World Trade Online: White House Sets Up Whip Operation For TPA Involving Senior Officials

January 16, 2015

Under the leadership of National Economic Council Director Jeff Zients, the White House has set up an operation of senior officials seeking to garner votes for a fast-track or Trade Promotion Authority (TPA) bill, according to informed sources.

[Reposted from World Trade Online  |  January 15, 2015]

It involves Cabinet officials assigned to reach out to Democratic lawmakers perceived as gettable votes, outside interest groups, and former government officials, they said.

U.S. Trade Representative Michael Froman is involved in the effort, but Zients' prominence is necessitated by the fact that Froman is also focused on closing the Trans-Pacific Partnership (TPP) deal, one source said. According to Sen. John Cornyn (R-TX), Froman has indicated to senators TPP could be wrapped up in two months.

The administration has acquiesced to Republican demands that a fast-track bill be passed before TPP is concluded, and congressional Republicans hope to release a bill in early February, sources said. They are also setting a target for final congressional passage by the end of March, but some sources caution that this is very ambitious.

A pro-TPA lobbyist described the activity as a "whip effort" that is targeting Democratic lawmakers who realistically would vote for a TPA bill. In late July, President Obama discussed his trade agenda with a group of 12 pro-trade House Democrats that are seen as gettable TPA votes, the majority of whom are members of the New Democrat Coalition.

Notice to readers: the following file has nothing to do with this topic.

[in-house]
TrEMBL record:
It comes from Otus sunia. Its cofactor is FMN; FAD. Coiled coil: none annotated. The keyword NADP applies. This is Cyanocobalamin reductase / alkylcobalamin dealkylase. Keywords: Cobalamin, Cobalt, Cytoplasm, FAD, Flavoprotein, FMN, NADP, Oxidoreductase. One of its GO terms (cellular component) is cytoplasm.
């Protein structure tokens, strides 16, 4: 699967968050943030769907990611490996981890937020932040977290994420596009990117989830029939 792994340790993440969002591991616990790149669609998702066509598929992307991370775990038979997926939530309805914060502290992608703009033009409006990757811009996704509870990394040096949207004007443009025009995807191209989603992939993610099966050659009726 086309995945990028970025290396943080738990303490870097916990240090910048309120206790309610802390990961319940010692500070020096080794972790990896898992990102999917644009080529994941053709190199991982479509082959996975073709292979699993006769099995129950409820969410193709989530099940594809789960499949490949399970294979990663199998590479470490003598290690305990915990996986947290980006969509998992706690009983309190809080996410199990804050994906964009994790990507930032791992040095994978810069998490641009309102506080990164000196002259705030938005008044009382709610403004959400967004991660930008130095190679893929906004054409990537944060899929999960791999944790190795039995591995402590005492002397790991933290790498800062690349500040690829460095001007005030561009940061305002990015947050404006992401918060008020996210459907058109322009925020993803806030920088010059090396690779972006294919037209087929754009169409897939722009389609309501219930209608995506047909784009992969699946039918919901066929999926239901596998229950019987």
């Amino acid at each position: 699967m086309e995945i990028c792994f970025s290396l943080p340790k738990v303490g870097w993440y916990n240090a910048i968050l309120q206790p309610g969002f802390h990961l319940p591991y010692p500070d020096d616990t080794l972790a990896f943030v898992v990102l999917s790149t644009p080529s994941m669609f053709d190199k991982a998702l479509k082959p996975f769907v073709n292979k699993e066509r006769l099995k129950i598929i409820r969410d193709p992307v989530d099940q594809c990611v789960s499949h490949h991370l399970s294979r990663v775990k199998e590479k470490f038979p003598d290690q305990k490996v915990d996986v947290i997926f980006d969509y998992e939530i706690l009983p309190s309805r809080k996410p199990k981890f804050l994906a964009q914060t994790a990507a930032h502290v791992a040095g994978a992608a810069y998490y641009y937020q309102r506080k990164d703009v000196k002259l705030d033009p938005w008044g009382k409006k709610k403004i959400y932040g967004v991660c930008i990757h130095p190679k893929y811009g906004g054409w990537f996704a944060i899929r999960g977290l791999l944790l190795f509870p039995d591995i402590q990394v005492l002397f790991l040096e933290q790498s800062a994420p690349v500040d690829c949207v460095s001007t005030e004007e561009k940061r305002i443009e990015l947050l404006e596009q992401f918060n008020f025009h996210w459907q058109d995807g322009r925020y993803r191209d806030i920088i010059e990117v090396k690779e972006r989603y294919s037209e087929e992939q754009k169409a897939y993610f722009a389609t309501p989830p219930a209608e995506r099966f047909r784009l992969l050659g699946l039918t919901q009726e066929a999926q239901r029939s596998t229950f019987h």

The source noted that this operation shows the administration really wants to see a fast-track bill approved, particularly since it is a departure from its otherwise hands-off legislative approach. Cabinet-level officials are attending bi-weekly meetings along with White House advisers like Valerie Jarrett, while deputies meet weekly on the TPA effort.

Cabinet officials involved this operation have been assigned certain lawmakers or groups to whom they are to reach out on TPA. The specific assignment can depend on a given lawmaker's interest in trade, or on an existing relationship between an official and a lawmaker. For instance, Secretary of State John Kerry could reach out to a Democratic lawmaker who has an interest in foreign policy.

The White House push could ratchet up in the near future, such as in President Obama's State of the Union address on Jan. 20. One industry source speculated that the administration has kept this operation quiet so as not to preempt a possible announcement on TPA by Obama during the address.

"They don't want to steal the president's thunder," he said. He said he expected to hear more about the White House effort publicly after the State of the Union, and that Obama would subsequently ratchet up his public support of TPA.
Rep. Kevin Brady (R-TX) said more important than what Obama says in the State of the Union are what actions he takes to lobby Congressional Democrats on TPA.

White House Press Secretary Josh Earnest hinted that the administration would be making a bigger push for trade, when asked by a reporter during the Jan. 13 daily press briefing on how hard the president is willing to push Democrats to keep them from blocking an agreement on trade.

"The President will make a forceful case to both Democrats and Republicans that what he is doing [on trade] is clearly in the best interest of the American economy," he said.